One of the earliest, loudest, most eloquent voices advocating for open access is Michael Eisen's, biologist and co-founder of the Public Library of Science.  He gave a talk in San Francisco on March 27 on OA, the transcript of which he reproduces on his blog, saying, among other things, 
Every year universities, governments and other organizations spend in excess of $10 billion dollars to buy back access to papers their researchers gave to journals for free, while most teachers, students, health care providers and members of the public are left out in the cold.
Even worse, the stranglehold existing journals have on academic publishing has stifled efforts to improve the ways scholars communicate with each other and the public. In an era when anyone can share anything with the entire world at the click of a button, the fact that it takes a typical paper nine months to be published should be a scandal. These delays matter – they slow down progress and in many cases literally cost lives.
And, on the same topic, Nature covers OA and the changing world of publishing extensively in this week's issue.  Potential career consequences of publishing in OA journals is here, e.g., and from another piece, "the Web opens the workshop windows to disseminate scholarship as it happens, erasing the artificial distinction between process and product."

And, it won't be just 'open access' journals that we'll read, but 'open publishing' will be how we'll publish.  ArXiv writ large.  Yes, deans and universities will need to come up with new measures of scholarly impact, but that's already being done. 

Broadreach will differ widely among what are currently the traditional disciplines.  It will be broader and less technical, relevant to wider audiences, in the arts and fields like anthropology than in more densely technical fields such as chemistry or mathematics.  But perhaps we'll see the reach even of the latter to be less narrow than we might expect.  Time will tell.  That's part of the fun.

One hears concerns that too many students don't attend class, don't do their homework, cheat, graduate without having invested much effort or learned very much, from tired faculty who don't really care in any uniform way.  Lectures may be boring or inscrutable. Faculty game the system for their own career-building.  Departments use various means of manipulating course enrollments for obtaining resources, to attract paying students--they can view instructors as entertainers whose jobs depend on how popular the material they provide are.  Students manipulate their choices of classes and professors to game their grade point averages for getting jobs or graduate admissions, or to avoid what's too difficult.  Sadly, it's clear that this is all true.  But this isn't a description of Broadreach University.  It's true of today's universities!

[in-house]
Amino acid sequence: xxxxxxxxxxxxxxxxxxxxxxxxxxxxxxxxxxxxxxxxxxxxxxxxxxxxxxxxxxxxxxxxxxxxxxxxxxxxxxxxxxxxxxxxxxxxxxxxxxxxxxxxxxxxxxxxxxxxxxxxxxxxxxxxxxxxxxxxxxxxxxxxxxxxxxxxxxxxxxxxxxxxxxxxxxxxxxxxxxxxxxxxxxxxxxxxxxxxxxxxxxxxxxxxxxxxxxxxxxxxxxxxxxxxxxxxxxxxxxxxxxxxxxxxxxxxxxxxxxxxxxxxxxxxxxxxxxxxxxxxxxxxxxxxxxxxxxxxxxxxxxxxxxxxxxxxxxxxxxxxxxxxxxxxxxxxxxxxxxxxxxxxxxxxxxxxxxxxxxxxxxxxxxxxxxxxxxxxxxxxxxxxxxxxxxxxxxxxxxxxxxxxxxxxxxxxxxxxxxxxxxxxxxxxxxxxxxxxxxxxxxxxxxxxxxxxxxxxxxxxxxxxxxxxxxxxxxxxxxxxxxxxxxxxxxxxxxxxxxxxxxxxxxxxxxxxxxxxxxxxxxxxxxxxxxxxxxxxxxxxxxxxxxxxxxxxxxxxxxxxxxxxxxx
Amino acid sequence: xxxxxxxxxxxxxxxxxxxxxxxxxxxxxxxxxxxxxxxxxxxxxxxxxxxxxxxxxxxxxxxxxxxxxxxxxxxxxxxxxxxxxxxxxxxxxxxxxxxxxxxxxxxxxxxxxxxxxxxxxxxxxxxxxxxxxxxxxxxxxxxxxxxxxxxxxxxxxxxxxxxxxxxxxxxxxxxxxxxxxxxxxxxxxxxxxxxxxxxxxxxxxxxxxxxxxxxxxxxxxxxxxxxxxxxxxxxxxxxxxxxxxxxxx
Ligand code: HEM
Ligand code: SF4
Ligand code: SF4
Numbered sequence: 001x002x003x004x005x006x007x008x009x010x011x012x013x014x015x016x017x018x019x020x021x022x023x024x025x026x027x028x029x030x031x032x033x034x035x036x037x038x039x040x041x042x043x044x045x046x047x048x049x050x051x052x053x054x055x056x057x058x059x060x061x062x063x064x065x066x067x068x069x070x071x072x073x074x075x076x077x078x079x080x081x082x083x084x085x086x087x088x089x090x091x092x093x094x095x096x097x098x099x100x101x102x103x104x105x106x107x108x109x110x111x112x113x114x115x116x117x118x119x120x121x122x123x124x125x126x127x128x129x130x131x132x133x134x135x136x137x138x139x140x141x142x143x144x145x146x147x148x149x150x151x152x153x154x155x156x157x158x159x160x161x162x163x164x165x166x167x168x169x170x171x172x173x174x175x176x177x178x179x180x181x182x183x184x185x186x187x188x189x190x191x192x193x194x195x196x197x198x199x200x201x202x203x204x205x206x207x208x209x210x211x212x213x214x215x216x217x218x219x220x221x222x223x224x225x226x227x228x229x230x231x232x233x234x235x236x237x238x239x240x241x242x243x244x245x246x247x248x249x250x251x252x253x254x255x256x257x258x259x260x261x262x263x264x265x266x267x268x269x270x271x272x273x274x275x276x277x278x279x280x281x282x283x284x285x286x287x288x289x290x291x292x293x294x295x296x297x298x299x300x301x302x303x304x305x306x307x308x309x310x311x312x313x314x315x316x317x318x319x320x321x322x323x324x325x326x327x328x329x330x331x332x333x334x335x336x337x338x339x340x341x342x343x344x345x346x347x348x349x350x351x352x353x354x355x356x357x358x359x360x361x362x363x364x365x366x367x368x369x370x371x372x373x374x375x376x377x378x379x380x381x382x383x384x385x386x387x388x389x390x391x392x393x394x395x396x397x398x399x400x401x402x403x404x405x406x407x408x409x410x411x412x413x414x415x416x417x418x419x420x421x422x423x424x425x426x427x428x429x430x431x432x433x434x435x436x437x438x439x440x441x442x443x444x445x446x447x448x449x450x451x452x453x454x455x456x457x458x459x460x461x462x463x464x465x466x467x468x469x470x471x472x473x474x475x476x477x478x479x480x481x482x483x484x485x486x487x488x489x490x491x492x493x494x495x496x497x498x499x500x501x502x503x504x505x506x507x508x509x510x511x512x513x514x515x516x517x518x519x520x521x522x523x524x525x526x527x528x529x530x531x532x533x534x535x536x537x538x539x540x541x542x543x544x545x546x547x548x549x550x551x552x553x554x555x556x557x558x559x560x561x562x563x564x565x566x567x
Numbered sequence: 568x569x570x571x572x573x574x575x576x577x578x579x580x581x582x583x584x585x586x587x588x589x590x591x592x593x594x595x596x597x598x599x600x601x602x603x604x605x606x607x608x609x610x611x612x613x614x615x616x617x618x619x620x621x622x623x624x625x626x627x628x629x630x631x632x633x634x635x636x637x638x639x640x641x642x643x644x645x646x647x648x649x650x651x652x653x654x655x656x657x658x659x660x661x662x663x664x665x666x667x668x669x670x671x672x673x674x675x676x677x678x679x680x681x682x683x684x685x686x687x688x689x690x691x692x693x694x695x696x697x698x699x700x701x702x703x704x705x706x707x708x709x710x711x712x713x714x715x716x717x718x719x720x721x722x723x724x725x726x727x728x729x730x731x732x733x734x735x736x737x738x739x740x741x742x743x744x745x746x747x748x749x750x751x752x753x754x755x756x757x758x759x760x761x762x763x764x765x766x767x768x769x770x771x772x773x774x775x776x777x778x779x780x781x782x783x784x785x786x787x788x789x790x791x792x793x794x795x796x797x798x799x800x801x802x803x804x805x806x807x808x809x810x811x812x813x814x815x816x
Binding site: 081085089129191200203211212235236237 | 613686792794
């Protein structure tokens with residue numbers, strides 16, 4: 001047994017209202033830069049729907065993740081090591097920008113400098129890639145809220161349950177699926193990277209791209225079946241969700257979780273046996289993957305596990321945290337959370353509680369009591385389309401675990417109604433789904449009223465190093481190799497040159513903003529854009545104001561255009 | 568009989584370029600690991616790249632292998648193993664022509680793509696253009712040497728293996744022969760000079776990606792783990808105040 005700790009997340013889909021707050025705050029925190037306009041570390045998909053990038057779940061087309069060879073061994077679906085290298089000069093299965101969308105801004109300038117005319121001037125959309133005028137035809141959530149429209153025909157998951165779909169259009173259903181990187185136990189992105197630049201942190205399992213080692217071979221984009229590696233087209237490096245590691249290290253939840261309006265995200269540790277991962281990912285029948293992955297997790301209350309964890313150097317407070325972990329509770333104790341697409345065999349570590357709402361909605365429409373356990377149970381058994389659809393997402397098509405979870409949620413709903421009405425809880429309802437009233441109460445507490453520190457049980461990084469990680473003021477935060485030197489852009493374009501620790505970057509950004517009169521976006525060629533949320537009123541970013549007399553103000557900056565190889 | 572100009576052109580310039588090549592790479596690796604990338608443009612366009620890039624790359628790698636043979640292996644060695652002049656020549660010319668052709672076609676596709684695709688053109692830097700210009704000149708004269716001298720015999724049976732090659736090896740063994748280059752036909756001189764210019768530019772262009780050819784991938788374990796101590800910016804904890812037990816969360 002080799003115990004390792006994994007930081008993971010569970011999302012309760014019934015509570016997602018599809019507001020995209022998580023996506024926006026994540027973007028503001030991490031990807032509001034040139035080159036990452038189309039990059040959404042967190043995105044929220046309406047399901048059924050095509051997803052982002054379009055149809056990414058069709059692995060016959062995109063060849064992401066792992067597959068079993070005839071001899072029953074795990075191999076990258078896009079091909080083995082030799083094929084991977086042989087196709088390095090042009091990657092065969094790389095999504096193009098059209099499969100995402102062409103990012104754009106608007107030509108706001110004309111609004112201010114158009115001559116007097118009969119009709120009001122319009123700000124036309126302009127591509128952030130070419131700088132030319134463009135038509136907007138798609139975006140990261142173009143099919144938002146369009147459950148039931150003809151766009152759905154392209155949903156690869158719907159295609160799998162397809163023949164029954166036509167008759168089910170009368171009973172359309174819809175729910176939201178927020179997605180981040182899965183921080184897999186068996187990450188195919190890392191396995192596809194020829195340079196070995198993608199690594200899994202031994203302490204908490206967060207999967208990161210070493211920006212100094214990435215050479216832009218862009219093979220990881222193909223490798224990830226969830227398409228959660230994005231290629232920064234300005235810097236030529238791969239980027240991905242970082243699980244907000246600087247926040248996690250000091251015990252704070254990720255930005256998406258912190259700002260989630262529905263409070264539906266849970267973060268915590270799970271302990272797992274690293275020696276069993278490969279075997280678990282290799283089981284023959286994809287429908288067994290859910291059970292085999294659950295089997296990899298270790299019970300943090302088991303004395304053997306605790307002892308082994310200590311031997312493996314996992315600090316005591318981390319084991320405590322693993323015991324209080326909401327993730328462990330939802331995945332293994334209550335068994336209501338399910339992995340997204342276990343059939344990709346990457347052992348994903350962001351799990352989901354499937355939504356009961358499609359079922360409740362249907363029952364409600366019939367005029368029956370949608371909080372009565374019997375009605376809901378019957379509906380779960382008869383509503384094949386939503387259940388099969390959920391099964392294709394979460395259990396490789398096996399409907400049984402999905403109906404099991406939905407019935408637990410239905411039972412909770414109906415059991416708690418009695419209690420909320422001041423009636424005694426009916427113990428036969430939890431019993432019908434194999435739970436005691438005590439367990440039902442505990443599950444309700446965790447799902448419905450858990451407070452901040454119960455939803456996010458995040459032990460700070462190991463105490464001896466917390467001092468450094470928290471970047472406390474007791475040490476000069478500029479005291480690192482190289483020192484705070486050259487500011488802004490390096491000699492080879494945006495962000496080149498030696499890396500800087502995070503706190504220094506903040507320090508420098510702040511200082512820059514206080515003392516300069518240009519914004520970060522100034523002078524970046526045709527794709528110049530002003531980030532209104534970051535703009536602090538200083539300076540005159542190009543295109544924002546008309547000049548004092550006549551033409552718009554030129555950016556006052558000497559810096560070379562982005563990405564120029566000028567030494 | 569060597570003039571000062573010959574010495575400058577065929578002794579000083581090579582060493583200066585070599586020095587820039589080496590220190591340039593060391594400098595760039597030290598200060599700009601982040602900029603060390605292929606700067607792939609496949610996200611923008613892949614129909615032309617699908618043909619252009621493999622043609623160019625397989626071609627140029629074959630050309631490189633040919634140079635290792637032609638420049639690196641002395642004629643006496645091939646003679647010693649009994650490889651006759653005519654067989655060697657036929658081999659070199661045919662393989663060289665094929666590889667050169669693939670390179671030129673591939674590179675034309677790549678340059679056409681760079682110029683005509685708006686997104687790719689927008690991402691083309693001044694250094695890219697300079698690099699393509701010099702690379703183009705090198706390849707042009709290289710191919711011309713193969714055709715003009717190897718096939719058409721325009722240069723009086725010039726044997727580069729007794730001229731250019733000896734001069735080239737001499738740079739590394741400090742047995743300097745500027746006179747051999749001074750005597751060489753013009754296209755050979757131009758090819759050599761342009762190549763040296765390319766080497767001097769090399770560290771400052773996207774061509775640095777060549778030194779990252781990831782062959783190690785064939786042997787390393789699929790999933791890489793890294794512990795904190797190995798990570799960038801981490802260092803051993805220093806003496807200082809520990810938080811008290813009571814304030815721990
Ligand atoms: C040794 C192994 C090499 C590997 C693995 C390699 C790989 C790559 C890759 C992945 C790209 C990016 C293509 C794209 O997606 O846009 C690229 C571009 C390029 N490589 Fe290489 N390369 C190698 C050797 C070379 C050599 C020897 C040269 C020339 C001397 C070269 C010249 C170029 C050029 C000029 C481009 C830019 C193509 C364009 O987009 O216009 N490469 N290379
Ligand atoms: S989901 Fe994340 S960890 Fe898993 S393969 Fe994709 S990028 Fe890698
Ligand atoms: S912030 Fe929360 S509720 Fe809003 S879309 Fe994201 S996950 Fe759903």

Of course Broadreach will have its flaws and in various ways won't be as good as on-campus universities, or won't really replace on-campus U, and that there will still be ways to game the system, cheat, slide and glide, and so on.  Perhaps a major or even the major gain may be that we can educate and stimulate the real thinkers among us to innovate and create, without the rather useless need to satisfy some curriculum for a formal degree: advanced degrees weren't needed by Shakespeare, Wordsworth, Darwin, Einstein....or Bill Gates. Think how liberating Broadreach University could be for those who drop out when they've got what they need!

Whether the gaming or abuses will be more, or less than they are today is rather moot.  BU is coming, whether anyone likes it or not.  What we should be doing--what we must do and will be doing whether kicking and screaming or cheering and welcoming, is adopting the reality and doing our best to make it work.